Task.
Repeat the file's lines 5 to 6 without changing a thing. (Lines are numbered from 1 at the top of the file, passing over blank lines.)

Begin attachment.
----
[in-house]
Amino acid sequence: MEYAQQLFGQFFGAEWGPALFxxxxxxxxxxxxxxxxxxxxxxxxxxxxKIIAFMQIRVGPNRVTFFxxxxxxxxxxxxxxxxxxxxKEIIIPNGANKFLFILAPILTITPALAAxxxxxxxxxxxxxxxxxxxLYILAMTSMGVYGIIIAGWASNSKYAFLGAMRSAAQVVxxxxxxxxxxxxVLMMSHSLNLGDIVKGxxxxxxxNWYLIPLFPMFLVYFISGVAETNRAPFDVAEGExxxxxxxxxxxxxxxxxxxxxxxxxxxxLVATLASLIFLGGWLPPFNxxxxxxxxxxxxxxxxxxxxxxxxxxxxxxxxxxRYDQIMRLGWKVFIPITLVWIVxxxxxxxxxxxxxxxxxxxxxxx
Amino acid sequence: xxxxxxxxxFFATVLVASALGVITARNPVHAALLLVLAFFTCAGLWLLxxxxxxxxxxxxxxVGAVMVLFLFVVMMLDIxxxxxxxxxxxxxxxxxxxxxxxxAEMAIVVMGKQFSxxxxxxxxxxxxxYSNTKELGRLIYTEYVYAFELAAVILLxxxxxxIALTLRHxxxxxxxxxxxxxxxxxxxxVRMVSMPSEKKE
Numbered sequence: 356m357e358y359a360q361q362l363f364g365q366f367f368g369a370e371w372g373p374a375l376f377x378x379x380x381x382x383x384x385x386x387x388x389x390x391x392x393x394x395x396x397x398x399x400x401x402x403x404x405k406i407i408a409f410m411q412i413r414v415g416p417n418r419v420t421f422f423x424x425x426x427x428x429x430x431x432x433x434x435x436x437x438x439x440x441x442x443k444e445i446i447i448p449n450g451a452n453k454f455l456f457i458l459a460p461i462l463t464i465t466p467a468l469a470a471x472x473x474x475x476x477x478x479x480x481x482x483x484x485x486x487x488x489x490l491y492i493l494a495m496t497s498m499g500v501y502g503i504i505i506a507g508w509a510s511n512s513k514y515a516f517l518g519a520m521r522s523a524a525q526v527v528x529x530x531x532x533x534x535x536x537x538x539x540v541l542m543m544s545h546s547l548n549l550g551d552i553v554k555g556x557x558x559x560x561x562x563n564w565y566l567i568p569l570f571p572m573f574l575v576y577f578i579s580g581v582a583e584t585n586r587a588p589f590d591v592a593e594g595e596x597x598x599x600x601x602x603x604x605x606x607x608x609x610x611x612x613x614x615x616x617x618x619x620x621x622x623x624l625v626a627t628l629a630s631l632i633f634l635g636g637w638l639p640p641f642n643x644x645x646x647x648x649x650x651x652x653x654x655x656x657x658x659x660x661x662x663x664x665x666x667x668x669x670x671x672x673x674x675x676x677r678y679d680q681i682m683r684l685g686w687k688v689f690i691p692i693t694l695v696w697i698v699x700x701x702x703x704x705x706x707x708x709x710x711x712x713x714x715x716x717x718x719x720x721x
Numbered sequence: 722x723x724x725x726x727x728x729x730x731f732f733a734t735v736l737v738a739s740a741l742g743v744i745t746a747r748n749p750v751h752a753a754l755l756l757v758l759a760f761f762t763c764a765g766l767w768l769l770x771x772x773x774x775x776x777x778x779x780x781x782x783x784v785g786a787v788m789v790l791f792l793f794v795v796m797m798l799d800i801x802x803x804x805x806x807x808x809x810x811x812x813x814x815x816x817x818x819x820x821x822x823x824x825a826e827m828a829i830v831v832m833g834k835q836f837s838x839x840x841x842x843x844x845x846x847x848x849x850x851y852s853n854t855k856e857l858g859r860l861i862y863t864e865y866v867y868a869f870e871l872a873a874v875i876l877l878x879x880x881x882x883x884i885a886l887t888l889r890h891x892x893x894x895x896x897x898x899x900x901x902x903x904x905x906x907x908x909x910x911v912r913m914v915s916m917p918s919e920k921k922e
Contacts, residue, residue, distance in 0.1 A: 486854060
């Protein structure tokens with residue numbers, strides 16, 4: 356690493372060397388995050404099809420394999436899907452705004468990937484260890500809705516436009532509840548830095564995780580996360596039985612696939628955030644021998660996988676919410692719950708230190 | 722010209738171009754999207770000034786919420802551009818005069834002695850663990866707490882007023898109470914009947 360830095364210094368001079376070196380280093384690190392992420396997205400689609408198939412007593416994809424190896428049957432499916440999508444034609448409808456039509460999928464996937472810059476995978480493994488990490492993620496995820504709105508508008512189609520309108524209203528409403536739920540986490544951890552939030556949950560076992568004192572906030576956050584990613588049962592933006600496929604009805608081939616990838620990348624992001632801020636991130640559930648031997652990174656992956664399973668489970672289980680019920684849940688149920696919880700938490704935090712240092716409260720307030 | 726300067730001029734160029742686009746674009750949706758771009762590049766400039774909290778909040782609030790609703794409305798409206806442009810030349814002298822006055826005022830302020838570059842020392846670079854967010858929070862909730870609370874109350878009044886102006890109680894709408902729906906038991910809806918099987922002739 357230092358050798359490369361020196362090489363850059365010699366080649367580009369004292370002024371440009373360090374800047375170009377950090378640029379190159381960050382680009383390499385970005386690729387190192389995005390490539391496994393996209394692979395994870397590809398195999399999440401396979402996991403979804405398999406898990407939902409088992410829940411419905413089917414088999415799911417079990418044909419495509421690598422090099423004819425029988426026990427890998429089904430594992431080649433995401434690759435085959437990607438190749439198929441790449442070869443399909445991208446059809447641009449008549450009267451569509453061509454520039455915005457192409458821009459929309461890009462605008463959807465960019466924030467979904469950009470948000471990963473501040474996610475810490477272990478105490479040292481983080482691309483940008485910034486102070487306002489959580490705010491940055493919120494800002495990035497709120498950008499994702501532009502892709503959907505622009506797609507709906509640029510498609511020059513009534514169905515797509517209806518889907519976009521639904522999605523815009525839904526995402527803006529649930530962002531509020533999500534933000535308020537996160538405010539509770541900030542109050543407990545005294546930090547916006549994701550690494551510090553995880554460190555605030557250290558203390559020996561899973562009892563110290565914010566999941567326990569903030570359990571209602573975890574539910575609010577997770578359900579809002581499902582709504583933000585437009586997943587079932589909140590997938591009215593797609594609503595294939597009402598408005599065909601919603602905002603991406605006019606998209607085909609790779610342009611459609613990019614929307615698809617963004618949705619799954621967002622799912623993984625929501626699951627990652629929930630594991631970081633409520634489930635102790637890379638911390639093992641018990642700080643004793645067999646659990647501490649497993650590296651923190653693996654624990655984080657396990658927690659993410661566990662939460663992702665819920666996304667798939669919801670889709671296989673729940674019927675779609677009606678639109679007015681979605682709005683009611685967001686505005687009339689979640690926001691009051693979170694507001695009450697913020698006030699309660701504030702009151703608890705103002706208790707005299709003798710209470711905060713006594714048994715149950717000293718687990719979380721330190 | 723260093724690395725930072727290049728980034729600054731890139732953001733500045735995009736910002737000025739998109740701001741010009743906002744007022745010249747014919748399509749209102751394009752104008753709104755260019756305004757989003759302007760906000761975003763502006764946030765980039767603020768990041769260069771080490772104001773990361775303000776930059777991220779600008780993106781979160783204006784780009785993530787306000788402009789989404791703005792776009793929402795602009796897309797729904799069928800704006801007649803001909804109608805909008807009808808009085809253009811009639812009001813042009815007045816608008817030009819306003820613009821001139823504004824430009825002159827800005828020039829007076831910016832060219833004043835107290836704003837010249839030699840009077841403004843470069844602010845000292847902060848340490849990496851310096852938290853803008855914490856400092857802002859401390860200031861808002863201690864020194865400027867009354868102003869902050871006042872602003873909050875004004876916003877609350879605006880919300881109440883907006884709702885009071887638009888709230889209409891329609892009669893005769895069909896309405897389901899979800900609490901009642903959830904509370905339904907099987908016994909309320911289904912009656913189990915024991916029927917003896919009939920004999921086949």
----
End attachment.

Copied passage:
Numbered sequence: 722x723x724x725x726x727x728x729x730x731f732f733a734t735v736l737v738a739s740a741l742g743v744i745t746a747r748n749p750v751h752a753a754l755l756l757v758l759a760f761f762t763c764a765g766l767w768l769l770x771x772x773x774x775x776x777x778x779x780x781x782x783x784v785g786a787v788m789v790l791f792l793f794v795v796m797m798l799d800i801x802x803x804x805x806x807x808x809x810x811x812x813x814x815x816x817x818x819x820x821x822x823x824x825a826e827m828a829i830v831v832m833g834k835q836f837s838x839x840x841x842x843x844x845x846x847x848x849x850x851y852s853n854t855k856e857l858g859r860l861i862y863t864e865y866v867y868a869f870e871l872a873a874v875i876l877l878x879x880x881x882x883x884i885a886l887t888l889r890h891x892x893x894x895x896x897x898x899x900x901x902x903x904x905x906x907x908x909x910x911v912r913m914v915s916m917p918s919e920k921k922e
Contacts, residue, residue, distance in 0.1 A: 486854060